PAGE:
In this post, I am borrowing a section from an internal document. This document addresses our views on the leading projects performance inhibitors. In other words, the root causes of why organizations do not do as well as they could in managing their organizational projects and products delivery. What is missing in their project management current state of practice?
The Four Leading Projects Performance Inhibitors
First, we must stress that we are not talking about causes for a given project to fail. This is not about a single project, it is about the organization’s projects performance. In other words, as an organization what are the factors that limit their abilities to have a better performance? This could be for an organization that wants to go from good to great or failure to fair, as a first stem.
As a result, there are numerous factors and inhibitors. However, we will only list the most significant factors; four significant inhibitors that affect projects performance.
No 1: Project Management as a formal function
What we believe to be the leading projects performance inhibitor is that organizations and their executive teams have not yet recognized the value of project management.
Executives in most non-industrial organizations have not reached the mindset that accepts project management as an independent domain. A domain that should not be left to accidental project managers. These executives have not recognized project management as an organizational function. A formal function, equal to marketing, human resource, information technology, finance, and other functions. This is one of the reasons we do not see project management departments or divisions in companies and government organizations.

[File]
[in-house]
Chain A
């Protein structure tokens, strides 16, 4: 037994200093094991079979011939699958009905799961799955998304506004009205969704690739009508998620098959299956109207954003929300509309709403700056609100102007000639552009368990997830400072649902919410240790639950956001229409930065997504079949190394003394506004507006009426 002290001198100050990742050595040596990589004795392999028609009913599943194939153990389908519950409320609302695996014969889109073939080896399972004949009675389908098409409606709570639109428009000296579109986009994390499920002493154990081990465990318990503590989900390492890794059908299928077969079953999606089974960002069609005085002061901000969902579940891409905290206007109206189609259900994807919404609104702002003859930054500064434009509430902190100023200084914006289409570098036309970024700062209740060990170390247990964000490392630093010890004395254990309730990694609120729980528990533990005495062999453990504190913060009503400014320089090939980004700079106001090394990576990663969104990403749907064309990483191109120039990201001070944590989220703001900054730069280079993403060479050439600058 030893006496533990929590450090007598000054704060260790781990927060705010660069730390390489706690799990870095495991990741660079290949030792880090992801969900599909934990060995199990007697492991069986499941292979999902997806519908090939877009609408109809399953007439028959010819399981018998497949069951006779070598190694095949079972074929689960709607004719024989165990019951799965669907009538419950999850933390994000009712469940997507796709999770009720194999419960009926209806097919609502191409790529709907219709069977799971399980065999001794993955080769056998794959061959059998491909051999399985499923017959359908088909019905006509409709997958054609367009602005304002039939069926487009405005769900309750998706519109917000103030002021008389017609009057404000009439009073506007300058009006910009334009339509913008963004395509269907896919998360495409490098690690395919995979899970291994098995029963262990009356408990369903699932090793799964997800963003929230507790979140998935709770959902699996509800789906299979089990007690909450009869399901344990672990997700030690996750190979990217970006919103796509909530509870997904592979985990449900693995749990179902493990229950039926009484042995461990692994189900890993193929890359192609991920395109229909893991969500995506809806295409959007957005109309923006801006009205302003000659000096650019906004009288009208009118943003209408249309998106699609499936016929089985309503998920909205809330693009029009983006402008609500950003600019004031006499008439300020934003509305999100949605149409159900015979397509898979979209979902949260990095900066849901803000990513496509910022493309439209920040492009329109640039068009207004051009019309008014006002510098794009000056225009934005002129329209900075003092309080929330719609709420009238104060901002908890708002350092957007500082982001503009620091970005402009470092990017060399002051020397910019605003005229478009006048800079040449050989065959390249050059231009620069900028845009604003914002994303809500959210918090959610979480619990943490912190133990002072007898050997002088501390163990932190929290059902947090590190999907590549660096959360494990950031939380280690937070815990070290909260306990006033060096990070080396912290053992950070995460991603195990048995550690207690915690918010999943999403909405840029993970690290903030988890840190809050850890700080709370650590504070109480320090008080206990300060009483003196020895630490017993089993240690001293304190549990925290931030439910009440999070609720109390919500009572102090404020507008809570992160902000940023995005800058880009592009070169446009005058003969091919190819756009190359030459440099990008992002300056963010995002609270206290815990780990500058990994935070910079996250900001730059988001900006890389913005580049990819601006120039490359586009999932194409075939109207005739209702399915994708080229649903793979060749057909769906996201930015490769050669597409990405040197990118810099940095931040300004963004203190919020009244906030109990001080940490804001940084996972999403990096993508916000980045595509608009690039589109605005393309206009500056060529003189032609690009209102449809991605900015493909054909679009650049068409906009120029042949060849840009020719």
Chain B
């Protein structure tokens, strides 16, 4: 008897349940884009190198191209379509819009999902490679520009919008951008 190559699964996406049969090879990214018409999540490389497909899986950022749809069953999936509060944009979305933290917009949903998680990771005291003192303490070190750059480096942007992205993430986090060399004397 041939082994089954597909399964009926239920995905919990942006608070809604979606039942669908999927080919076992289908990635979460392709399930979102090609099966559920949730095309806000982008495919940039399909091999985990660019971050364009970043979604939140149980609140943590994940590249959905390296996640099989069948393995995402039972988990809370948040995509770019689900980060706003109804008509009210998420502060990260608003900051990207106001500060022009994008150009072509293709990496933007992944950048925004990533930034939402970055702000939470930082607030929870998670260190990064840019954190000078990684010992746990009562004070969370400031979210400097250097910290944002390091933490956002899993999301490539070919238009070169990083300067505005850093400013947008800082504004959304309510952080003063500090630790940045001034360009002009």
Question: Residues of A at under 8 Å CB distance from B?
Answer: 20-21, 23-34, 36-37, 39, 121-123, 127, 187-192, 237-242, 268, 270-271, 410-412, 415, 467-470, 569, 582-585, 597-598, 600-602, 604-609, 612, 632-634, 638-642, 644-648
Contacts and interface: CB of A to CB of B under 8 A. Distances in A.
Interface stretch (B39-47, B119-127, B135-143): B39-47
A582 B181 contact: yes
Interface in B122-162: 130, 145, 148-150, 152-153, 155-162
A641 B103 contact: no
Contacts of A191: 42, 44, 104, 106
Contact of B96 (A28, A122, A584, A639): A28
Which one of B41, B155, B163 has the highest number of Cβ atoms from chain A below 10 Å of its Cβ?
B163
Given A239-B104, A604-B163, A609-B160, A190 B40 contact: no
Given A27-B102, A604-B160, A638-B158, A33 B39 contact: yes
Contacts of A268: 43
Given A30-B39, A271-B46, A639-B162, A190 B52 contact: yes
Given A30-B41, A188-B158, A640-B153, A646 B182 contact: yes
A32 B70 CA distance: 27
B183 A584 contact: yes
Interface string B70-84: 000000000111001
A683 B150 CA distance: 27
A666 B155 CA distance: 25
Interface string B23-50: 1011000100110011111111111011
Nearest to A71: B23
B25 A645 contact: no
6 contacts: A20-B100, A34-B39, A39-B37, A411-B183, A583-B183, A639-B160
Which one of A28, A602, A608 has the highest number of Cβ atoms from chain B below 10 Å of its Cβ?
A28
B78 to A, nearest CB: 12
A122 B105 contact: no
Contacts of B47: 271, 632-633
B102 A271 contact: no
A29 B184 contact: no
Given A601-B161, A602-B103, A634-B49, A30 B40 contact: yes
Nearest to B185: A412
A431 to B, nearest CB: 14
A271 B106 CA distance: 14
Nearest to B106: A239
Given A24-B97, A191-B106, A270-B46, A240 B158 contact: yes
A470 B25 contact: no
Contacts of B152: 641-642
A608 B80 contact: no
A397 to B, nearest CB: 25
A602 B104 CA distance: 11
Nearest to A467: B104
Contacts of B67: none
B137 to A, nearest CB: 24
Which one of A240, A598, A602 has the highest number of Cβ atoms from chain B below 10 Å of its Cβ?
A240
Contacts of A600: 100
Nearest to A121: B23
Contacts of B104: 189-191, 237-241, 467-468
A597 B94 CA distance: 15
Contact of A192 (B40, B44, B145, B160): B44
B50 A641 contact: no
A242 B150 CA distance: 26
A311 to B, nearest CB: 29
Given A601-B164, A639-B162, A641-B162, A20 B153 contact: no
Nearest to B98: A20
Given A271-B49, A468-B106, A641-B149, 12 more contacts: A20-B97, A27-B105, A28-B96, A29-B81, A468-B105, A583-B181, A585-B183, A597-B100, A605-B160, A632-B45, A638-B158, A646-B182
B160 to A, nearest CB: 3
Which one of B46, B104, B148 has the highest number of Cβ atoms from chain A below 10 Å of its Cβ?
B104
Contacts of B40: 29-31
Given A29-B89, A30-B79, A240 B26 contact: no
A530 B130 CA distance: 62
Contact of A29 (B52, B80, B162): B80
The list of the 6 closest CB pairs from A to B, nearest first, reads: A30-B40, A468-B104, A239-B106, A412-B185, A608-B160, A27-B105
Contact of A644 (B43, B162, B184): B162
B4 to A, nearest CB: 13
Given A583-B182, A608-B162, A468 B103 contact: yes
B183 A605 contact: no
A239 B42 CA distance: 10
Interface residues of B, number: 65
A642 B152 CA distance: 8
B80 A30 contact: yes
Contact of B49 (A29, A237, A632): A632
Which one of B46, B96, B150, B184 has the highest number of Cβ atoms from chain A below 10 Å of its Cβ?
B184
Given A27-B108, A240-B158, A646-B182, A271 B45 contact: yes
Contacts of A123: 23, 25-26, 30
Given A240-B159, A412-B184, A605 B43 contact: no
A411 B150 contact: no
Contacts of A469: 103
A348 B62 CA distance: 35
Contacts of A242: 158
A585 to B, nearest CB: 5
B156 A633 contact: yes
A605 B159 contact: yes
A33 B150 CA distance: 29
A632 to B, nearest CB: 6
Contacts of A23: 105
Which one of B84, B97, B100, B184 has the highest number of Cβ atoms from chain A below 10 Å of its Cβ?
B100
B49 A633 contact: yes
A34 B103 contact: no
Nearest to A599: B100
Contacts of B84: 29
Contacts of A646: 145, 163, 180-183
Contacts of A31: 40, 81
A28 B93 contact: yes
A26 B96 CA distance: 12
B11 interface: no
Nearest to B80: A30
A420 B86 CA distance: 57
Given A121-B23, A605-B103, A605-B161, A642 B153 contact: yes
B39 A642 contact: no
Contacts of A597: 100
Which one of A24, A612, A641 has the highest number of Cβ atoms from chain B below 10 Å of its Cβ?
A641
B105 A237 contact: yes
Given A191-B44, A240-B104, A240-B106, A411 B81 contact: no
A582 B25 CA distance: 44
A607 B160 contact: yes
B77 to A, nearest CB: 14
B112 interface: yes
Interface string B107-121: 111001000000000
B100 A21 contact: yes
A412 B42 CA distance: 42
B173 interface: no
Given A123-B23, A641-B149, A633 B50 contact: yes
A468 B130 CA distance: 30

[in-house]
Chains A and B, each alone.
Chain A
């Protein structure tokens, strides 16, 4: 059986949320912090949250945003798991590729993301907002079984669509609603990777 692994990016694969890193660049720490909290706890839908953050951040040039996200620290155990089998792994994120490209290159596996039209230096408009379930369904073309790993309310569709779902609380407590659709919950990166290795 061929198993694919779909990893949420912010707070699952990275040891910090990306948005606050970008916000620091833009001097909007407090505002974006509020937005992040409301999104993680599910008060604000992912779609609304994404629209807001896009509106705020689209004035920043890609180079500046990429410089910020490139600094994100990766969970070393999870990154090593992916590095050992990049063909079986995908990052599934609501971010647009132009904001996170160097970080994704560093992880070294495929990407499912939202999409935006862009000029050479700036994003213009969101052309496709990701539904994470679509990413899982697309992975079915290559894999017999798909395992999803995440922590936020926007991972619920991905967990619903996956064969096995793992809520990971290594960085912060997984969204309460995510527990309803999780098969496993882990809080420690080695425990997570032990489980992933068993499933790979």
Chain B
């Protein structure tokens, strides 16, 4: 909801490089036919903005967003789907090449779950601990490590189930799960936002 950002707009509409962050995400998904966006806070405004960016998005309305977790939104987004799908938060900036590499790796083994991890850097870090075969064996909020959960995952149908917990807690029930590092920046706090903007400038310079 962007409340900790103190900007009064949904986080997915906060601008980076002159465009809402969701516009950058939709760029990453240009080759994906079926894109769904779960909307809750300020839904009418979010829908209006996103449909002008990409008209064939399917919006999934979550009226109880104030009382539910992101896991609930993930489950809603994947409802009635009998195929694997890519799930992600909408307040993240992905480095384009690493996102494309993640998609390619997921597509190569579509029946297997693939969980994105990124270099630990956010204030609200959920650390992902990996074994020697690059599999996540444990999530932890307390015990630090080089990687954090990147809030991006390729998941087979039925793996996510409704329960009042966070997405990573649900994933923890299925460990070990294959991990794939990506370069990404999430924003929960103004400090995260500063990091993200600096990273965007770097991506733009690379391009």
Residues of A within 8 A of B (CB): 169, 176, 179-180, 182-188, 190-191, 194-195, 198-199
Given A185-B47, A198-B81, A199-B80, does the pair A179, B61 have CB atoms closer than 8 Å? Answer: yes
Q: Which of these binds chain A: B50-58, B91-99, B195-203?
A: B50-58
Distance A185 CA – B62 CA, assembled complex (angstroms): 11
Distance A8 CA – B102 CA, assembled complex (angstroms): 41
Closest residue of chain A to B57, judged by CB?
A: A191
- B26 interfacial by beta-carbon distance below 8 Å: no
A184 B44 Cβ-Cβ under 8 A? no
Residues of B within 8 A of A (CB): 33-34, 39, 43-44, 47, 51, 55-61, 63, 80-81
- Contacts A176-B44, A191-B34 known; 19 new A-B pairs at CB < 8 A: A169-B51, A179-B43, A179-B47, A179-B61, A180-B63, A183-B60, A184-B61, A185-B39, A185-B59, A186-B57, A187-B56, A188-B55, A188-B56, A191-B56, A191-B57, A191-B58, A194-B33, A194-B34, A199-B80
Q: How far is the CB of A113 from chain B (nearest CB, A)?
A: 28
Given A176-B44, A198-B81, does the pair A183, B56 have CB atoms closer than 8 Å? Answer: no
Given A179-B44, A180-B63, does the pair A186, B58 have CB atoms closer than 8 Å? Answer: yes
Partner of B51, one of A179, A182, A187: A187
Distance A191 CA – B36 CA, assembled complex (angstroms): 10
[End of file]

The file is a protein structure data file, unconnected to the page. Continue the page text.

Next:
Instead, what we see is a diluted version called PMO, Agile PMO, Next Generation PMO, and so many other names of “offices” that may exist for 2 to 3 years. Consequently, organizations fail to achieve optimal projects performance.
No 2: Organizational Divide
The recent trends and hype about Agile[i] and business analysis are indicators of the divide that exist in organizations between the “business” and “IT” or product development. When we hear about Agile Project Management and IT Projects, these are clear examples of organizations not able to see projects as business initiatives. Rather they see them as pieces. Each piece is led by another party over the fence or behind a virtual wall. What these organizations fail to see is the need to view these “projects” as business projects. Projects that must be managed end-to-end, across a full project life cycle.
Consequently, when we hear Agile Transformation, we expect to hear the future scream that like generic certifications, “Agile Project Management” did not deliver the value promised; because there is no “Agile Project Management.” Hence the focus of our last book titled, Project Management beyond Waterfall and Agile. Therefore, we need to recognize that it is not about certification or Agile, it is about viewing and leading projects concept to success!
No 3: Absence of Organizational Project Management